• Vaccination coverage survey for diphtheria, Streptococcus pneumoniae, polio and tetanus in Rohingya refugee settlements in Ukhiya and Teknaf Upazilas, Cox’s Bazar, Bangladesh

      Pereboom, Monique; White, Kate; Van Leeuwen, Crystal; Siddiqui, Ruby; Guzek, John; Sangma, Mitchell; MSF-OCA (2018-07)
      OBJECTIVES PRIMARY OBJECTIVES a) To describe the vaccine coverage (penta / dT) in children aged 6 months to 14 years for diphtheria in the Rohingya Settlement Camps; SECONDARY OBJECTIVES To describe the vaccine coverage of pentavalent, bOPV and PCV vaccines in children aged 6 weeks to 6 years of age in the Rohingya Settlement Camps; To describe the vaccine coverage for diphtheria and tetanus vaccination among 7 - 14 year olds to assess vaccination rates in this age-group in the Rohingya Settlement Camps
    • Evaluating the input of the nurse to quality of medical/or healthcare in humanitarian settings

      Gilday, Josie; Chatler, Tracey; Treacy-Wong, Vicky; Stringer, Beverley; MSF-OCA (2018-07)
      Key objective • Develop a basic framework to evaluate quality nursing care in humanitarian settings.
    • Retrospective mortality and baseline health survey in Kutupalong and Balukhali settlement camps, Bangladesh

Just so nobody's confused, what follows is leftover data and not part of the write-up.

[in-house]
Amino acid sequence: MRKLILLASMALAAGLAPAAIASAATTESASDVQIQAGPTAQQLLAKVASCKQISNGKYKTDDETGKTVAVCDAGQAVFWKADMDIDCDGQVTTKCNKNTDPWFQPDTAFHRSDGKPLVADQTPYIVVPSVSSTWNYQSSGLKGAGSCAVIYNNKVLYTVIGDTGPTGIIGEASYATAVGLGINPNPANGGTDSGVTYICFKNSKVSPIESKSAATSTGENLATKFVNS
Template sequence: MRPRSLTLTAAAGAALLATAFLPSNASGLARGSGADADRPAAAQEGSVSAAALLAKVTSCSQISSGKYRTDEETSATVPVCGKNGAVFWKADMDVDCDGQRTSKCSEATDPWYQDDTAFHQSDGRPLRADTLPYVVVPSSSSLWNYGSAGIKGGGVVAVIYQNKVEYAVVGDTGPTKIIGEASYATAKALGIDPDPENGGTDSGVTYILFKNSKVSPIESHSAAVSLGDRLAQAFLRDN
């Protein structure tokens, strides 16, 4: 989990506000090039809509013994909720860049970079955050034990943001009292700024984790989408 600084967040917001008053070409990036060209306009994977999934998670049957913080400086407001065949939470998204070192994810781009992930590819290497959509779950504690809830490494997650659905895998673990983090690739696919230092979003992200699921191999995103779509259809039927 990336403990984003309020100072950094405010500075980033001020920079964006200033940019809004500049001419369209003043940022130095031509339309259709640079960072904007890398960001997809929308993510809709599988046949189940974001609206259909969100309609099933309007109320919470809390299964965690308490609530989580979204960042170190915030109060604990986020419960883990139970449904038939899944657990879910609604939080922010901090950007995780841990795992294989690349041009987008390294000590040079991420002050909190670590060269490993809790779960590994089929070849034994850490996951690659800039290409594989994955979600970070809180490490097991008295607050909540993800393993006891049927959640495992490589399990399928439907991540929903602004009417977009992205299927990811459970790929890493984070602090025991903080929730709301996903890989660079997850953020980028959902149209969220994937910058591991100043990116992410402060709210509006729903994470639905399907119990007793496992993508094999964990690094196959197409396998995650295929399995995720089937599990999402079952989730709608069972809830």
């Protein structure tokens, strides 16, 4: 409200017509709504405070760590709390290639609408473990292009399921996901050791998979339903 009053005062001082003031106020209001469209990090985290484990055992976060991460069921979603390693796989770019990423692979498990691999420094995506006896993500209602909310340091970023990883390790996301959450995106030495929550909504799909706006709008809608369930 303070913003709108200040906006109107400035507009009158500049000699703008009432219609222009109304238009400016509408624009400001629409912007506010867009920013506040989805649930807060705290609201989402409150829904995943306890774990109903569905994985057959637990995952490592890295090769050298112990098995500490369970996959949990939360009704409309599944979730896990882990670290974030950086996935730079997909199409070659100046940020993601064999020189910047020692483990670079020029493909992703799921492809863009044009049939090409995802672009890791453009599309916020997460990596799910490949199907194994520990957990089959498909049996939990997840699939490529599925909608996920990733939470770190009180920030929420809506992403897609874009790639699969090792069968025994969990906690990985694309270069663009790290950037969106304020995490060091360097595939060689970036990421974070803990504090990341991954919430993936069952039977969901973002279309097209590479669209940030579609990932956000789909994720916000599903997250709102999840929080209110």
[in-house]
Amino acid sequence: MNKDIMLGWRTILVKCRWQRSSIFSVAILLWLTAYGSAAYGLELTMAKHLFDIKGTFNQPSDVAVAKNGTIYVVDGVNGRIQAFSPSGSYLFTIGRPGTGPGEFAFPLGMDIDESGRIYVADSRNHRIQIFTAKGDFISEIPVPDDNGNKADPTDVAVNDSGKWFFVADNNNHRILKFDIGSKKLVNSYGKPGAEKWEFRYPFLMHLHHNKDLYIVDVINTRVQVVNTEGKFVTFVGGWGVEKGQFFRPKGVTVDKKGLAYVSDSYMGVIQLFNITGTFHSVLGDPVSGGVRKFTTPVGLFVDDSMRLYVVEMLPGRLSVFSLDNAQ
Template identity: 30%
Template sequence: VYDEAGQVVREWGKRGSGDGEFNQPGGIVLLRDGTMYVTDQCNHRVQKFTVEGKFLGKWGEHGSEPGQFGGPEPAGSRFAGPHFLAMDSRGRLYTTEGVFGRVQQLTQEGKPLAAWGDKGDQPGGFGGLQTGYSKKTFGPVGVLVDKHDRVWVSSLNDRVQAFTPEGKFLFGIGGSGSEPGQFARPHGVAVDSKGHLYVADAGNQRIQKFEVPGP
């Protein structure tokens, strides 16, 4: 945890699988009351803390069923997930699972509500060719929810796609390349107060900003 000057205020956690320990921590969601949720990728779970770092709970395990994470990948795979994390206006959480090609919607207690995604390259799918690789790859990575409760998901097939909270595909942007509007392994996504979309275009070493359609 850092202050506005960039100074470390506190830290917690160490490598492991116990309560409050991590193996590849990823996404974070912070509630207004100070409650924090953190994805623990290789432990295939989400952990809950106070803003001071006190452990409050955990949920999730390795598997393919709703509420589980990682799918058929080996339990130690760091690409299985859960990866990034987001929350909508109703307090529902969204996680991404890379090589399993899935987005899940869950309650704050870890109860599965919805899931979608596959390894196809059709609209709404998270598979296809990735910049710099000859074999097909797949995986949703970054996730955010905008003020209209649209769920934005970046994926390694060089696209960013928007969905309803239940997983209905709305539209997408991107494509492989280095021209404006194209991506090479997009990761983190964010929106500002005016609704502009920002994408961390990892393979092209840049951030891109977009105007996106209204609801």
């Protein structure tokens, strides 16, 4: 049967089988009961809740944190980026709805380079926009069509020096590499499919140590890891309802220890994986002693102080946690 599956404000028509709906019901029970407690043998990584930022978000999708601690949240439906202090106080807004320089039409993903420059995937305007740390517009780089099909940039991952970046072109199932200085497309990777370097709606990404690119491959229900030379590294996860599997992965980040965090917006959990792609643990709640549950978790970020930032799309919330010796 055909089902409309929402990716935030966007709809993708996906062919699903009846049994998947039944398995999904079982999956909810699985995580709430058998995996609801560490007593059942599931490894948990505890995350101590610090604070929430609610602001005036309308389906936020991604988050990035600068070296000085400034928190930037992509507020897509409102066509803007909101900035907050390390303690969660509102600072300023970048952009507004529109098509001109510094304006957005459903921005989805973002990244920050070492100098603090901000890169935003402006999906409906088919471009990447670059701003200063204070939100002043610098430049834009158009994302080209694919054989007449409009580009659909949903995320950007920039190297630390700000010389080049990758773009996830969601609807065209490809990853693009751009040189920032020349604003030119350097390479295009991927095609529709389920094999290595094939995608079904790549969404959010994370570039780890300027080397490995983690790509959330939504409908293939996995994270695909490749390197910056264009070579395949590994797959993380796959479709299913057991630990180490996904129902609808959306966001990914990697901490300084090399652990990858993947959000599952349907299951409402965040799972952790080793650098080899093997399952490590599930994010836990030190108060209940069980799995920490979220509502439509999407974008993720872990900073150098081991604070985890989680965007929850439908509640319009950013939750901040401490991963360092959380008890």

Siddiqui, Ruby; White, Kate; Guzek, John; MSF-OCA (2018-07)
      2.1. PRIMARY OBJECTIVES To estimate the scale of the emergency through measurement of crude mortality rate for the total population and for children under five years of age 2.2. SECONDARY OBJECTIVES  To describe the population in terms of age, sex and household composition;  To determine the coverage of measles, polio, MenACWY, DPT-Hib-HepB (Pentavalent), cholera (OCV) and pneumococcal virus (PCV) vaccination in 6-59 month olds;  To determine the rate of severe and global acute malnutrition in 6-59 month olds;  To identify the most prevalent morbidities in the population in the two weeks preceding the survey;  To describe the health seeking behaviour in terms of access to primary and secondary care;  To estimate crude mortality rate for the total population and for children under five years of age before and after the SPLA advance into Equatoria, South Sudan;  To identify major causes of death, by age group and sex;  To gain knowledge of violence-related events 2.1. PRIMARY OBJECTIVES To estimate the scale of the emergency through measurement of crude mortality rate for the total population and for children under five years of age 2.2. SECONDARY OBJECTIVES  To describe the population in terms of age, sex and household composition;  To determine the coverage of measles, polio, MenACWY, DPT-Hib-HepB (Pentavalent), cholera (OCV) and pneumococcal virus (PCV) vaccination in 6-59 month olds;  To determine the rate of severe and global acute malnutrition in 6-59 month olds;  To identify the most prevalent morbidities in the population in the two weeks preceding the survey;  To describe the health seeking behaviour in terms of access to primary and secondary care;  To estimate crude mortality rate for the total population and for children under five years of age before and after the SPLA advance into Equatoria, South Sudan;  To identify major causes of death, by age group and sex;  To gain knowledge of violence-related events